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The Language Requirement

As always, when in doubt about the requirements for this (or any) major, check the CSULB Catalog. If there is a conflict between the Catalog and something written elsewhere, the Catalog is what counts.

Linguistics majors must reach 4th semester level proficiency in one language, or 2nd semester level proficiency in two languages. If you choose the two language option, one of the languages must be non-Indo-European.

Here are some questions that commonly come up:

Which courses are 4th-semester level?

4th semester level courses are usually numbered 200, 201B, 202, 211 or 250. There are exceptions, such as Latin. Check with the advisor if you are uncertain.

Note that CSULB has 6-unit courses which are taken in one semester, but cover material equivalent to two semesters. So, for example, you could take SPAN 100 in Fall and SPAN 200 in spring, and finish the language requirement in only one year.

I tested out of the first year of a language. Do I still have to take four semesters beyond that?

No. We consider the requirement completed once you have finished a fourth-semester-level course, such as SPAN 201B. So if you tested into SPAN 201A, for example, you only need two semesters.

I’ve taken language courses at CSULB, but they aren’t showing up in the language requirement section of my Academic Requirements Report in MyCSULB.

This will happen with students who declared the major earlier than Fall 2014. Let the academic advisor know, and she will enter the courses manually.

What if I studied a language at another university?

That counts, as long as it appears in your transfer record. However, the system may not recognize it automatically. Notify the advisor if this happens.

I am a bilingual. Is that enough to fulfill the language requirement?

This is evaluated on a case-by-case basis. We will need evidence that you are literate in the other language, and would prefer that you have some formal education (post elementary school) in the language.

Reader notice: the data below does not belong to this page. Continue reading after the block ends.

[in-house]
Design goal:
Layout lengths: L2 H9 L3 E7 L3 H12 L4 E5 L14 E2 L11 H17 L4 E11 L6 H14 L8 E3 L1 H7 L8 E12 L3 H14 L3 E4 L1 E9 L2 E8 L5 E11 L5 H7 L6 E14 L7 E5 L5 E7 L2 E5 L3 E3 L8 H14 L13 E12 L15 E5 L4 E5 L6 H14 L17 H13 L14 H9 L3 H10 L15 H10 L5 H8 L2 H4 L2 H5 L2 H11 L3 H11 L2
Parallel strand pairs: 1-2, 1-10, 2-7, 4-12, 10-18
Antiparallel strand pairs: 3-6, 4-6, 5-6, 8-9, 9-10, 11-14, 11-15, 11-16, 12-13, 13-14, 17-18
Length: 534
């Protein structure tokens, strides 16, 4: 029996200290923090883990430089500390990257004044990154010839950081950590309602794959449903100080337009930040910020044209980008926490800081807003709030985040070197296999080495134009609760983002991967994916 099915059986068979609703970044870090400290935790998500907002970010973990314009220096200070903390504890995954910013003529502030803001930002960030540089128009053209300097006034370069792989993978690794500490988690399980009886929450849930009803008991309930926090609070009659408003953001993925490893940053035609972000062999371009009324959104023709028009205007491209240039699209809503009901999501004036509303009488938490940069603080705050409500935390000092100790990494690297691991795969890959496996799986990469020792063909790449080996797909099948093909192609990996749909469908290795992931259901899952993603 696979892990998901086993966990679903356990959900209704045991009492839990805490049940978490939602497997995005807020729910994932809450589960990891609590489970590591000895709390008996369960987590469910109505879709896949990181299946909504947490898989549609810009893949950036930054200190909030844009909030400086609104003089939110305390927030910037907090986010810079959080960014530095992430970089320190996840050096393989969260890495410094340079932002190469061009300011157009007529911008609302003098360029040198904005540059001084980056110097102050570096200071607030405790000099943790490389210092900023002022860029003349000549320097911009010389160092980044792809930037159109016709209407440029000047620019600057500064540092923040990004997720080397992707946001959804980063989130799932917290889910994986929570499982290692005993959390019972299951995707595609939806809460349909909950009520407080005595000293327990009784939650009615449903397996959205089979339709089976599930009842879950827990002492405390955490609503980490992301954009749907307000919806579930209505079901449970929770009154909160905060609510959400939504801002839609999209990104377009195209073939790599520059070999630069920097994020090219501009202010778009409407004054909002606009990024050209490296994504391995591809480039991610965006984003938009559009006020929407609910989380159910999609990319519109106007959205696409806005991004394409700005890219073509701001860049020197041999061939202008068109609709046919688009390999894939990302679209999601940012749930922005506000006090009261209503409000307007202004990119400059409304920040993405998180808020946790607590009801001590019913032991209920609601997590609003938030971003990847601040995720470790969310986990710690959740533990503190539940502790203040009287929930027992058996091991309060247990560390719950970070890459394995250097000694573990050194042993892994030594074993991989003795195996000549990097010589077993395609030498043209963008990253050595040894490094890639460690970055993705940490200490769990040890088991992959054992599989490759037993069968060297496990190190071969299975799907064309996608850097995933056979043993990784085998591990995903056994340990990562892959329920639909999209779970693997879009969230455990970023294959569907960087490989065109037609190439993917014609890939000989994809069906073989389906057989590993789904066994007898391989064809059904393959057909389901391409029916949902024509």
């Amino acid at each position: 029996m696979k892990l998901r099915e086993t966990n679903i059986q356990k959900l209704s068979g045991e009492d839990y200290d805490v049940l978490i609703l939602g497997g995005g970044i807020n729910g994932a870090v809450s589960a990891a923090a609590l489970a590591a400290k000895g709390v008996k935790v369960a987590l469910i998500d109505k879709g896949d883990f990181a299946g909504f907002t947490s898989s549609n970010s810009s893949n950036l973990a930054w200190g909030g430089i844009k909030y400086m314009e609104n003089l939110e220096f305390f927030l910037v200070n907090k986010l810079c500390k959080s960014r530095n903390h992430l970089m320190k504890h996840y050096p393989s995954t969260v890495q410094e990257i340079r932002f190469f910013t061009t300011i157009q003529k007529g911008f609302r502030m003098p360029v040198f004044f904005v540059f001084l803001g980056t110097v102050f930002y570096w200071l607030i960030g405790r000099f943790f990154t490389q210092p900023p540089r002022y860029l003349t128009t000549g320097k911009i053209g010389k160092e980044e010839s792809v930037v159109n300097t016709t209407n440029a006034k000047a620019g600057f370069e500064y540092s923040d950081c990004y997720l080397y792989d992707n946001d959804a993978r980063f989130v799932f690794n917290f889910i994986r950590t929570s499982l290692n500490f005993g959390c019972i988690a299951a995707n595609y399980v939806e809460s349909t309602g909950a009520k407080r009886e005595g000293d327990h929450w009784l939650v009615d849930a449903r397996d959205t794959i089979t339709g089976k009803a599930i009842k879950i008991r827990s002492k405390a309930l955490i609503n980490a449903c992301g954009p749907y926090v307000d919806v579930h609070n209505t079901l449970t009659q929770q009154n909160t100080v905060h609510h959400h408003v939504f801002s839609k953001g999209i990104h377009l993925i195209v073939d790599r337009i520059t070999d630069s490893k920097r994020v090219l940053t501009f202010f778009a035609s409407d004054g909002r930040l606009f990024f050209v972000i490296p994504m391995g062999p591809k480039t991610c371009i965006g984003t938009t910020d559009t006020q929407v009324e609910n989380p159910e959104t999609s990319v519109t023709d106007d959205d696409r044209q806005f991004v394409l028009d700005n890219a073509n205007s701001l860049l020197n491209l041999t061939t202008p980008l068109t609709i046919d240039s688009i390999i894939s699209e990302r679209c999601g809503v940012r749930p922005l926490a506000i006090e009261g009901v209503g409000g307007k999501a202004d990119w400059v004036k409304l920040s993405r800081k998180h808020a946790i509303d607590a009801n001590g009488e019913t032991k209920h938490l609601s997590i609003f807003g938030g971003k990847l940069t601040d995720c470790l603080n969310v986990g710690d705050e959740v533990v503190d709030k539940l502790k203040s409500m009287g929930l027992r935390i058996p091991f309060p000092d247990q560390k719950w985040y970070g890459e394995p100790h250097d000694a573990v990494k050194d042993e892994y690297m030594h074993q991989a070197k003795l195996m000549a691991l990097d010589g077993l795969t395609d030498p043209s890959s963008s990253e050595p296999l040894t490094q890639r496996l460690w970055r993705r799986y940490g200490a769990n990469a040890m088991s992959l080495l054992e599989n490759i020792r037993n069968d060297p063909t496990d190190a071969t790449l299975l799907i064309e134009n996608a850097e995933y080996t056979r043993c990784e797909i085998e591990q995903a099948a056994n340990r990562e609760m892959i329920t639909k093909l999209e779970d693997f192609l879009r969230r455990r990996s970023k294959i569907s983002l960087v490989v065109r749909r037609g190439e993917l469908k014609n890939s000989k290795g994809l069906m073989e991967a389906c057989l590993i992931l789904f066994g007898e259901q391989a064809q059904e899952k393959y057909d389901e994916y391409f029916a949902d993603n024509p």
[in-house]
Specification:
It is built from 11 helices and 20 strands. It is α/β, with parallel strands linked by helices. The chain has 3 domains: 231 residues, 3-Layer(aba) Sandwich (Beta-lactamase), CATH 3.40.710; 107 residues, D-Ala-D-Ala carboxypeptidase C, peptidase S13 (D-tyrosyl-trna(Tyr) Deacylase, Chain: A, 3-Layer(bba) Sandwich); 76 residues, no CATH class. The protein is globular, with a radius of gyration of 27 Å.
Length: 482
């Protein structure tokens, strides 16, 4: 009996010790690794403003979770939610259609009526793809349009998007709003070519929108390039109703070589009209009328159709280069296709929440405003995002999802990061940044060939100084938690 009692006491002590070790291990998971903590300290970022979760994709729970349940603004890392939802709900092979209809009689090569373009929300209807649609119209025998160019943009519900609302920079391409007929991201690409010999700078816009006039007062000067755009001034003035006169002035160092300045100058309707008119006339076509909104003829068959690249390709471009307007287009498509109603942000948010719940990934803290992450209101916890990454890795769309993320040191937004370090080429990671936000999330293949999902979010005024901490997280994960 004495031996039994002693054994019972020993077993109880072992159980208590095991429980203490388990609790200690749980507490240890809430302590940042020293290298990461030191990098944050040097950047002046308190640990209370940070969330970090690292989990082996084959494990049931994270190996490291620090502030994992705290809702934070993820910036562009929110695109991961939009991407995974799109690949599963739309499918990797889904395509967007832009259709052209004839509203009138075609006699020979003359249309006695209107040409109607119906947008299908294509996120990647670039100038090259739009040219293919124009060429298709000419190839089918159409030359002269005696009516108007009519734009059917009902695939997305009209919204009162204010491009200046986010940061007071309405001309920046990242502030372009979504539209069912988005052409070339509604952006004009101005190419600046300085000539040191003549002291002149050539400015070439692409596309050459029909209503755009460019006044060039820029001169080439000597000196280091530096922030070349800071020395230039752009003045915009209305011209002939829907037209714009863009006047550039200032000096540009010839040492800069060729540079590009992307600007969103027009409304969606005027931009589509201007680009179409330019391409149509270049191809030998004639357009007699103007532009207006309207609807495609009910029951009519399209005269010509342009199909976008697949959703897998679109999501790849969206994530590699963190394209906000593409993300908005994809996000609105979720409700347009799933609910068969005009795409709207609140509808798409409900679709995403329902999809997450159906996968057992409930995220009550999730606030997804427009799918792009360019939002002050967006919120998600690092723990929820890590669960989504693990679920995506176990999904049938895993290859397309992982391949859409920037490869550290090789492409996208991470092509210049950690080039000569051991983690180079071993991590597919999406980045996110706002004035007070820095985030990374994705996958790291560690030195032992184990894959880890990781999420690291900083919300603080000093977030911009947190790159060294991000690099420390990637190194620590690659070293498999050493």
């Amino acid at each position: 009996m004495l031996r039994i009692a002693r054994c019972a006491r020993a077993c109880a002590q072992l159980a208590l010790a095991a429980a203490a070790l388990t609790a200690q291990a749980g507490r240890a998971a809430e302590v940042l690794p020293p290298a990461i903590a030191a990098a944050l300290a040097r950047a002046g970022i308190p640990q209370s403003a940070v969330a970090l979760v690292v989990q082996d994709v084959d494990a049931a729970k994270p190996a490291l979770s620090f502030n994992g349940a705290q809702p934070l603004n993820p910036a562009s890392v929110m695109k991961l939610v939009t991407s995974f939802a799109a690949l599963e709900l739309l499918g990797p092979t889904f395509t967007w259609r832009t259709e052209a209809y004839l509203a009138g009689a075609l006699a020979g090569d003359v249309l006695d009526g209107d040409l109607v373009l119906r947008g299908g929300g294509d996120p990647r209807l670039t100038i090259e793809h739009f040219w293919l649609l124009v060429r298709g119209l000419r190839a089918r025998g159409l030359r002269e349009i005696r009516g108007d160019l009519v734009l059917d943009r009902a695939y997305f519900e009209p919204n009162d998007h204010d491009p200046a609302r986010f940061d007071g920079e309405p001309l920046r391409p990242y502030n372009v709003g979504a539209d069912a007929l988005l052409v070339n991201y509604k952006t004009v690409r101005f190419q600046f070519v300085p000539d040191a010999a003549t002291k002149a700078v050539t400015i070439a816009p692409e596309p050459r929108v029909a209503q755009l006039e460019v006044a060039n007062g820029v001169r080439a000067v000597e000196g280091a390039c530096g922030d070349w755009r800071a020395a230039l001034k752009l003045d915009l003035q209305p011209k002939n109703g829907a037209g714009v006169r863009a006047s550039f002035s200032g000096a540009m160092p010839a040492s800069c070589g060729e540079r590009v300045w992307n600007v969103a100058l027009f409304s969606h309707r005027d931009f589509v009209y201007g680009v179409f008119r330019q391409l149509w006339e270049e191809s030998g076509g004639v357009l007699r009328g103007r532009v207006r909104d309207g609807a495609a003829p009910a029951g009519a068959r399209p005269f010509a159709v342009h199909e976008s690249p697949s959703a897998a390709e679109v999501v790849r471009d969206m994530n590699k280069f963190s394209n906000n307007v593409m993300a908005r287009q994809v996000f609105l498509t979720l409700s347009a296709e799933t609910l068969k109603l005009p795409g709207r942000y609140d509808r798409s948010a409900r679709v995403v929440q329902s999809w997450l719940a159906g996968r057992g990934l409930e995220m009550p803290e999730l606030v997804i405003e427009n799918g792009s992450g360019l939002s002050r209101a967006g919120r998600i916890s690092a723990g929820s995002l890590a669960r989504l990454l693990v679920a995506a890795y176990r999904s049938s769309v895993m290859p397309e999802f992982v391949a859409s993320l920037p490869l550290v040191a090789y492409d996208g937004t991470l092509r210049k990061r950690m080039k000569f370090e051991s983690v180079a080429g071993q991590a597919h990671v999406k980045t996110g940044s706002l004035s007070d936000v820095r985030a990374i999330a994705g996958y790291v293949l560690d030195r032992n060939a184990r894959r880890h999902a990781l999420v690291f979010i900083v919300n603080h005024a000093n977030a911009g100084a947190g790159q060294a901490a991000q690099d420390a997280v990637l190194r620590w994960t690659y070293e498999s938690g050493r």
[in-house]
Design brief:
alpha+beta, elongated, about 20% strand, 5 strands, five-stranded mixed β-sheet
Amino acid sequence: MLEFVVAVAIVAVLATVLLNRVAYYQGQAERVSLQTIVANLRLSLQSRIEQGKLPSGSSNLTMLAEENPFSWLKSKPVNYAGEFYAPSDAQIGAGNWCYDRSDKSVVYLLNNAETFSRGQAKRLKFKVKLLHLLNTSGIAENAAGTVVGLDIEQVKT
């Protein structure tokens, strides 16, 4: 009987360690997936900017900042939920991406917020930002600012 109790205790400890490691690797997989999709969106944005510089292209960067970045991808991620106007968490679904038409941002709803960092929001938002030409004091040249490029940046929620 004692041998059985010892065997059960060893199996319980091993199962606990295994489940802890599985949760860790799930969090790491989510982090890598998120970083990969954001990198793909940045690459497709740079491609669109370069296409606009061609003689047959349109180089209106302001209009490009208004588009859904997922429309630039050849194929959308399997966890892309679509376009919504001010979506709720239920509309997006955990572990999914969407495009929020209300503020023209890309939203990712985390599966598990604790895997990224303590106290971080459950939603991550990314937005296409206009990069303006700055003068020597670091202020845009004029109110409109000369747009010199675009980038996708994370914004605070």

If you have strong oral skills in another language but limited knowledge of grammar and writing, we recommend that you take one of CSULB’s courses for heritage speakers, such as SPAN 250: Spanish for Bilinguals. Similar courses exist for Chinese, Khmer, Arabic, Japanese (JAPN 385), and Vietnamese.

How can I test out of a language?

The RGRLL department offers online placement tests.
Note that if you want to use the online test to completely test out of a language, you will need to take it with a proctor. Contact the advisor to arrange this. A proctor is not needed if you plan to take a higher level course and are simply testing out of the lower levels.

Standardized test scores can also be used to test out. For example, the Catalog specifies the amount of credit given for each Advanced Placement exam score.

For languages where there is no standardized test or placement exam available, we sometimes make ad hoc arrangements to have students evaluated by a faculty member.

Does American Sign Language count for the language requirement?

Yes. It counts as non-Indo-European.

What other languages are non-Indo-European?

The ones offered at CSULB include Chinese, Japanese, Korean, Khmer, Tagalog, Vietnamese, Arabic, Hebrew, Biblical Hebrew, Biblical Aramaic, and Swahili.